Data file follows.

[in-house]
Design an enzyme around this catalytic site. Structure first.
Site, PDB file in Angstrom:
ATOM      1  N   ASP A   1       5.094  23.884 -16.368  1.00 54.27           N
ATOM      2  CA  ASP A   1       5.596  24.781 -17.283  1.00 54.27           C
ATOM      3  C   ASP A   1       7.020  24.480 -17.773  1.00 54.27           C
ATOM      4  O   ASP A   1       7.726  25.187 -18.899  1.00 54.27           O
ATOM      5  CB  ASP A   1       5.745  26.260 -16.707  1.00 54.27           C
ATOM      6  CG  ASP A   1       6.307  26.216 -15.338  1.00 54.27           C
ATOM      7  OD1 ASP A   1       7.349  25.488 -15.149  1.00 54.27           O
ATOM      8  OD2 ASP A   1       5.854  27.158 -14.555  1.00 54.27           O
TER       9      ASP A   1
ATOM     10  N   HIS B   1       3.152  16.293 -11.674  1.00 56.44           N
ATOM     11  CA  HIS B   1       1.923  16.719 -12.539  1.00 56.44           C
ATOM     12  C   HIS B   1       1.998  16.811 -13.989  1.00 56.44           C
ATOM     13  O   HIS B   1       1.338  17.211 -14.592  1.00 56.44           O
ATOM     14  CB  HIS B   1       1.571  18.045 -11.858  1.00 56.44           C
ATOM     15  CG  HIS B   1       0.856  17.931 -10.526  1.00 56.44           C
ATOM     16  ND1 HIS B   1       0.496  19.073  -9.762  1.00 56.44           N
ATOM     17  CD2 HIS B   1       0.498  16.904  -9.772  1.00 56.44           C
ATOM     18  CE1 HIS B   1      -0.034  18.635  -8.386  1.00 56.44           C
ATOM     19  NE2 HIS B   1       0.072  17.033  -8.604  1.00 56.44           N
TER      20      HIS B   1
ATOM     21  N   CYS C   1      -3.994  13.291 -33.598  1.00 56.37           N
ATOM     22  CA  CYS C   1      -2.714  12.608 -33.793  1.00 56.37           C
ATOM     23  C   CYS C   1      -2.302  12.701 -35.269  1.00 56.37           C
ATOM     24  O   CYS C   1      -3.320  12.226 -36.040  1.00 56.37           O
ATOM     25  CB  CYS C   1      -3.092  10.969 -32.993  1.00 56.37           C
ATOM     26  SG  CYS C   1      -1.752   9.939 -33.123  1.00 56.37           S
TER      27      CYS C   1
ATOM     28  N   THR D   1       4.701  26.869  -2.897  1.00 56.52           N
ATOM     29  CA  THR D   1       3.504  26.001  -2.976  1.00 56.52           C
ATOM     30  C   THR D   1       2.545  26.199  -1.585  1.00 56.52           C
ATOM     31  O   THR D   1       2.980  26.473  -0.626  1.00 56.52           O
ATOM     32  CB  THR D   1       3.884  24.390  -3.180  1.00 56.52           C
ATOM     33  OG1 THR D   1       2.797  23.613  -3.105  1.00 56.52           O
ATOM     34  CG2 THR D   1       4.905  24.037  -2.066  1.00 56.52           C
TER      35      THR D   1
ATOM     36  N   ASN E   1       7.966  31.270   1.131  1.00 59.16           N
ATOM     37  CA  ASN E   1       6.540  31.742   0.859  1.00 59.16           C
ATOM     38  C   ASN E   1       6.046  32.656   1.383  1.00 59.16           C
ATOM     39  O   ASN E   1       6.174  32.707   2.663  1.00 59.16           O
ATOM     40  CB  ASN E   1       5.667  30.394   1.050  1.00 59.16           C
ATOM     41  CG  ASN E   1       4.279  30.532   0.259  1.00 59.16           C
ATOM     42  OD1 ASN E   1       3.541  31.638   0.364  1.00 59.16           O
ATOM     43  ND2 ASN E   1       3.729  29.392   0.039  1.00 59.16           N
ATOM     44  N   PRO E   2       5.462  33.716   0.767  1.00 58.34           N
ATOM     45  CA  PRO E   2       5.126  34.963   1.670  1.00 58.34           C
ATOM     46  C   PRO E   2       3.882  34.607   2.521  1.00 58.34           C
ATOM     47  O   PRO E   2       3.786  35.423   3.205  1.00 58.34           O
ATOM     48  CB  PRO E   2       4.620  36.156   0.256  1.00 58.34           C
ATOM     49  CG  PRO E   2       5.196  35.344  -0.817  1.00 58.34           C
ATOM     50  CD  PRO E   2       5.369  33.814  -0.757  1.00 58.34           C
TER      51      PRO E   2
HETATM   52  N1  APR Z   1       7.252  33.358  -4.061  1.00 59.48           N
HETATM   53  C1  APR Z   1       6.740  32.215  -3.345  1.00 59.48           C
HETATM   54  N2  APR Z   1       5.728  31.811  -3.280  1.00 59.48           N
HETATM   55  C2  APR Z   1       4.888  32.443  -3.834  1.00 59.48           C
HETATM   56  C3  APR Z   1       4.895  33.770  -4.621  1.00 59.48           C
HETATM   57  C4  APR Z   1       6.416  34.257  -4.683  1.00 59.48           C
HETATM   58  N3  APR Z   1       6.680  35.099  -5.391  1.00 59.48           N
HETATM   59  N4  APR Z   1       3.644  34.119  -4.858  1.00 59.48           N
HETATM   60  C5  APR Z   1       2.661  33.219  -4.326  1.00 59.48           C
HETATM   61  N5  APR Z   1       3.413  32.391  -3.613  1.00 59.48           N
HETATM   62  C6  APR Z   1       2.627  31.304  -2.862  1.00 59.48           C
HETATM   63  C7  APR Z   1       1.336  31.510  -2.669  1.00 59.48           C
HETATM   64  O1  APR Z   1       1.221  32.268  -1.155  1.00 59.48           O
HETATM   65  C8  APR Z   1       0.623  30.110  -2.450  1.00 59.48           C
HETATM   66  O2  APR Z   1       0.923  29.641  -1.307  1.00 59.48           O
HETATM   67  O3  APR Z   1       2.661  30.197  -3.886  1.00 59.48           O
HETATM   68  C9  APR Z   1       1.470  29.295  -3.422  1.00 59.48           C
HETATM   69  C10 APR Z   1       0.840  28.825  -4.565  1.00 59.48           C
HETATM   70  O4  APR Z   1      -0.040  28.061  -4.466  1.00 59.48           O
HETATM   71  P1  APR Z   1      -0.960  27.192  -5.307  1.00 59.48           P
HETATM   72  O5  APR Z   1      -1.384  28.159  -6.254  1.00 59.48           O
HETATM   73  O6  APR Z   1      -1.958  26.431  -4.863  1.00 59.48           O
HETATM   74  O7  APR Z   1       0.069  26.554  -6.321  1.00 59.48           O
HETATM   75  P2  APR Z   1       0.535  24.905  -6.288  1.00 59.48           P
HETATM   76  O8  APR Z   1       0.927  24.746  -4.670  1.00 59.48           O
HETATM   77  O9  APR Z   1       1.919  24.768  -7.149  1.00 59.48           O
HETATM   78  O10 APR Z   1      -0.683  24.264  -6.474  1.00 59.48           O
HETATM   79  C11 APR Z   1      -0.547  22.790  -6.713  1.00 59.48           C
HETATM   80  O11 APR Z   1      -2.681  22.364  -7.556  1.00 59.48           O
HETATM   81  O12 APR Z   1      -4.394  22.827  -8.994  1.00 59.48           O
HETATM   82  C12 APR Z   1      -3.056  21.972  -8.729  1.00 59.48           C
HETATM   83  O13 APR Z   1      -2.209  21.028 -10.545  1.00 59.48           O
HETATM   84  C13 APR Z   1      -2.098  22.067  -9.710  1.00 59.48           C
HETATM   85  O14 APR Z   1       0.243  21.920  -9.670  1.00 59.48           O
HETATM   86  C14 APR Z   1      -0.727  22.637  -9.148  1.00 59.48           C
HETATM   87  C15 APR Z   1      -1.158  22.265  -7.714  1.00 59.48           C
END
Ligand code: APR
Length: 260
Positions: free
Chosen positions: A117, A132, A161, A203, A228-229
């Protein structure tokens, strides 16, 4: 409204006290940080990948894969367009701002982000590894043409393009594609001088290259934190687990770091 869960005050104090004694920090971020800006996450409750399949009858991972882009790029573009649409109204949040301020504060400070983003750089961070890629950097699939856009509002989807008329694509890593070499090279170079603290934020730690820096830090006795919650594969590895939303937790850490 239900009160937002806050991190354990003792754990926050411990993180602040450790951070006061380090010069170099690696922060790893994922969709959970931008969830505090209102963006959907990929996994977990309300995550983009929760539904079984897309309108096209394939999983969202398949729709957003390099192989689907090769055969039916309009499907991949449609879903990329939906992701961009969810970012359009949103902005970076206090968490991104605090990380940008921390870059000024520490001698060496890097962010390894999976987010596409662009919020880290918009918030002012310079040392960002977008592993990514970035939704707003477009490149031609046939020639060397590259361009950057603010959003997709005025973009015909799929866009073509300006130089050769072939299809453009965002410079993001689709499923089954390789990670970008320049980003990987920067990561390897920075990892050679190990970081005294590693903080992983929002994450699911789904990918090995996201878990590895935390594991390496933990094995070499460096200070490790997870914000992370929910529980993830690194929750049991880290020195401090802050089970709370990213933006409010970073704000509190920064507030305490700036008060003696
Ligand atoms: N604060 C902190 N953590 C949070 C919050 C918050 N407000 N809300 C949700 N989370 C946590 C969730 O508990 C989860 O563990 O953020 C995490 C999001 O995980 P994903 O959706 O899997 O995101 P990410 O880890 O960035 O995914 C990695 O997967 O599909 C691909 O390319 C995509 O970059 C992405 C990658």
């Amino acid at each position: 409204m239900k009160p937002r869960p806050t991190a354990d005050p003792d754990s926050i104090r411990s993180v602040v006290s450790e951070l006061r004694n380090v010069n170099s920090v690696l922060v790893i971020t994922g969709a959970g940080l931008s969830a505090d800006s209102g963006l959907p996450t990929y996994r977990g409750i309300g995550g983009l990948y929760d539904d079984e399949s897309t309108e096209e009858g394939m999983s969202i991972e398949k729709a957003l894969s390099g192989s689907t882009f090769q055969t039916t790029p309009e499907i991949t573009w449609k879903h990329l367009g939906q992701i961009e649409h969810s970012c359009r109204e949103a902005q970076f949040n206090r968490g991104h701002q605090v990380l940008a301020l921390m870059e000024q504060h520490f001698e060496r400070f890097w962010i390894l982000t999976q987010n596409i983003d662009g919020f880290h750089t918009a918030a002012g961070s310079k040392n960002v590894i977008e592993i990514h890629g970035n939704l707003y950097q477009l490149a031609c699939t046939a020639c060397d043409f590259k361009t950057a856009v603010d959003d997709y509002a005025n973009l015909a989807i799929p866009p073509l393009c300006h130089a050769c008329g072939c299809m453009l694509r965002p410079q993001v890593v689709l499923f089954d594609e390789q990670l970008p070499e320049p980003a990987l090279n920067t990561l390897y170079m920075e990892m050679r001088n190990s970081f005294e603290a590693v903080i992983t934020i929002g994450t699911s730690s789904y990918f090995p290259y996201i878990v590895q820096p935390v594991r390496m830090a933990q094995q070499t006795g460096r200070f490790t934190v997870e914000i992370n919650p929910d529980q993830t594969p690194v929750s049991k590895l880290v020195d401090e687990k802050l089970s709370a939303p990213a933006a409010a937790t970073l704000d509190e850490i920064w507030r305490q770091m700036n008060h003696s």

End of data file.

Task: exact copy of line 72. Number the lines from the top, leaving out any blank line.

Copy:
HETATM   69  C10 APR Z   1       0.840  28.825  -4.565  1.00 59.48           C